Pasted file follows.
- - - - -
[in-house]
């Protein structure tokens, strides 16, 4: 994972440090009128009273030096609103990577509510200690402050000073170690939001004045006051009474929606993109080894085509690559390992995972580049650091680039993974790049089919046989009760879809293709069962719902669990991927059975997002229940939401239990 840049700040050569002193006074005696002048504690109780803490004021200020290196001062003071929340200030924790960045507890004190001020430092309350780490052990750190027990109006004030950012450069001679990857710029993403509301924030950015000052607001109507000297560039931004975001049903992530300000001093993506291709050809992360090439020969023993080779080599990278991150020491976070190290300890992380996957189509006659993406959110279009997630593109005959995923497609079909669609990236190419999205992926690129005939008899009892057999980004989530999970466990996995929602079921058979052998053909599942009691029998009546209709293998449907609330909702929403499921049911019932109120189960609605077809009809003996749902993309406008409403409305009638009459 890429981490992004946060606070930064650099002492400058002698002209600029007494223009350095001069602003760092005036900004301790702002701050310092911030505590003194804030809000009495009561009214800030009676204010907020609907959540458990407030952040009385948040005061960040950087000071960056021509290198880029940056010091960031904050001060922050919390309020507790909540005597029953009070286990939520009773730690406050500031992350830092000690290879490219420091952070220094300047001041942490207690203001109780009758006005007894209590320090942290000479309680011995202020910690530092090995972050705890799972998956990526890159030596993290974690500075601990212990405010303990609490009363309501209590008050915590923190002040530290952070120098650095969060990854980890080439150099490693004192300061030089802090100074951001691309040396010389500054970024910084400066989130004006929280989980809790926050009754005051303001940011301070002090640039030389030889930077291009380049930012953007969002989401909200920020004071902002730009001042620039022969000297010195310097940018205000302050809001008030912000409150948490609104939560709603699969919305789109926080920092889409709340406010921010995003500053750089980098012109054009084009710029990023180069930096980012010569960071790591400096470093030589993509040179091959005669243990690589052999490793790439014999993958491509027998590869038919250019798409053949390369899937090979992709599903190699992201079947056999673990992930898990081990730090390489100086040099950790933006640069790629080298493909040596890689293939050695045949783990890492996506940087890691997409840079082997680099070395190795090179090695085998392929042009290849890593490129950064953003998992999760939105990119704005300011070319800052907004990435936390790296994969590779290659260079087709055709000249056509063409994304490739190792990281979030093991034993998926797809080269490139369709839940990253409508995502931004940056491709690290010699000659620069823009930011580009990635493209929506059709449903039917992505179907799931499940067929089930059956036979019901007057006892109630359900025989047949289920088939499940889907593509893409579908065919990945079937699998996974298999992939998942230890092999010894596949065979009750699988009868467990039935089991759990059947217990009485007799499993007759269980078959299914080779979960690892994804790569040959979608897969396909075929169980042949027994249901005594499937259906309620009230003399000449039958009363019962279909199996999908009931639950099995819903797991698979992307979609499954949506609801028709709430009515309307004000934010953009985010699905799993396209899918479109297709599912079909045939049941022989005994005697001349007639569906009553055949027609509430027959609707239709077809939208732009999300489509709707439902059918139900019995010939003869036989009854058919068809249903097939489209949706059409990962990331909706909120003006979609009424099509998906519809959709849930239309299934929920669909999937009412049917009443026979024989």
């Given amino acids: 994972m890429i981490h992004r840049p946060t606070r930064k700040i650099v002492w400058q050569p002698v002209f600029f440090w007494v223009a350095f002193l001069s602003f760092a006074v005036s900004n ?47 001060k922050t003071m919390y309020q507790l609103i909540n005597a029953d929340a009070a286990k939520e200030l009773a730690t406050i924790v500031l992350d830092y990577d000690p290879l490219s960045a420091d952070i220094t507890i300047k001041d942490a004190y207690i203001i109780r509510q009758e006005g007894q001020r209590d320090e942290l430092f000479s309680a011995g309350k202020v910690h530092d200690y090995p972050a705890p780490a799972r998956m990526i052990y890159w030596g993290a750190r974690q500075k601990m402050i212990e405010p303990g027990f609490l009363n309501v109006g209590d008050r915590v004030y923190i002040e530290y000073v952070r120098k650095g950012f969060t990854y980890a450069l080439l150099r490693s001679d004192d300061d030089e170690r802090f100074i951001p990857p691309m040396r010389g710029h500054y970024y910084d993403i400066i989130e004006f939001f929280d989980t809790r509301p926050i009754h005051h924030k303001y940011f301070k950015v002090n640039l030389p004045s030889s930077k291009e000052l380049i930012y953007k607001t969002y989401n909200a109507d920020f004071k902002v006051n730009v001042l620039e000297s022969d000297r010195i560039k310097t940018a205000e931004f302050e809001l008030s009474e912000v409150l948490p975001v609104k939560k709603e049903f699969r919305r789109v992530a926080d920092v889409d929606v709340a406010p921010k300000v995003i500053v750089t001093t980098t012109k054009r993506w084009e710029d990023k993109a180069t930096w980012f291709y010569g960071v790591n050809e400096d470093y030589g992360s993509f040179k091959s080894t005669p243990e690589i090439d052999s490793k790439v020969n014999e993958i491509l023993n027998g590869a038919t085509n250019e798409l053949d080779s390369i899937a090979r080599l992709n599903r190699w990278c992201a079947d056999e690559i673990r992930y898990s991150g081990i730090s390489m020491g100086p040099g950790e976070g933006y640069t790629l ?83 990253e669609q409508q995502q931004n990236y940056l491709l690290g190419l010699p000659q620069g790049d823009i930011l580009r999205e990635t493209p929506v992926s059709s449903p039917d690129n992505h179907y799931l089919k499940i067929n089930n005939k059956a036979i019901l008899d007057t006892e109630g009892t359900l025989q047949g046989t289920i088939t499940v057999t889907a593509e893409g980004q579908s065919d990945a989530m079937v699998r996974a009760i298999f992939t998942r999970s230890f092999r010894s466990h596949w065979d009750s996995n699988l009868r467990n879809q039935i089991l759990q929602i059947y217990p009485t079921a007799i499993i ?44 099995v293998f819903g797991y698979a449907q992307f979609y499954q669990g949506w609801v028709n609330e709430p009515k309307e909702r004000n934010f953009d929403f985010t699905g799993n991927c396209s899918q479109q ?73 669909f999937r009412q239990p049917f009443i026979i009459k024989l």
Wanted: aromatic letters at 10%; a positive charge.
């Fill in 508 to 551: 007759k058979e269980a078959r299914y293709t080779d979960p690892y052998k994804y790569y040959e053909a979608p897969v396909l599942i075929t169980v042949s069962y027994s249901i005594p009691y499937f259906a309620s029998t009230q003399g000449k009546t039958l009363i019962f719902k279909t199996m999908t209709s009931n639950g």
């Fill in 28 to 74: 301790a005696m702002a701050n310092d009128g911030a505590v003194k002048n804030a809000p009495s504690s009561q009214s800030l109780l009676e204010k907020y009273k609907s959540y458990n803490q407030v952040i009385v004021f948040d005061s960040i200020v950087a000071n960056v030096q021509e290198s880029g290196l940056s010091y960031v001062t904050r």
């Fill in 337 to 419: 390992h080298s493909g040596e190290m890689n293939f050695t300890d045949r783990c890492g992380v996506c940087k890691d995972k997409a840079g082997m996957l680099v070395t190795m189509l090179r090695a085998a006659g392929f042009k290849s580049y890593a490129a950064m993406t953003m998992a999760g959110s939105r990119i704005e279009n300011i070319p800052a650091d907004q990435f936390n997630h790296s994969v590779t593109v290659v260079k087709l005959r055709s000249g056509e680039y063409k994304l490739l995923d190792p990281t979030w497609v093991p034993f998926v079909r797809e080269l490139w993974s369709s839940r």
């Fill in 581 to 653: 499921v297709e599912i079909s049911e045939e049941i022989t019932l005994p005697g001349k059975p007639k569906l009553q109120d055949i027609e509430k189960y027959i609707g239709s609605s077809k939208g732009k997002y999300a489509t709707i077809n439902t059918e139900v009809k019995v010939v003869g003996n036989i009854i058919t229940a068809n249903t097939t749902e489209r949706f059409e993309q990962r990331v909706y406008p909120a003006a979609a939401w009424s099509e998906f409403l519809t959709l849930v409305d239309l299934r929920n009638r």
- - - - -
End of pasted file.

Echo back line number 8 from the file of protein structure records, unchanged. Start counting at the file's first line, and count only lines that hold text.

């Fill in 581 to 653: 499921v297709e599912i079909s049911e045939e049941i022989t019932l005994p005697g001349k059975p007639k569906l009553q109120d055949i027609e509430k189960y027959i609707g239709s609605s077809k939208g732009k997002y999300a489509t709707i077809n439902t059918e139900v009809k019995v010939v003869g003996n036989i009854i058919t229940a068809n249903t097939t749902e489209r949706f059409e993309q990962r990331v909706y406008p909120a003006a979609a939401w009424s099509e998906f409403l519809t959709l849930v409305d239309l299934r929920n009638r």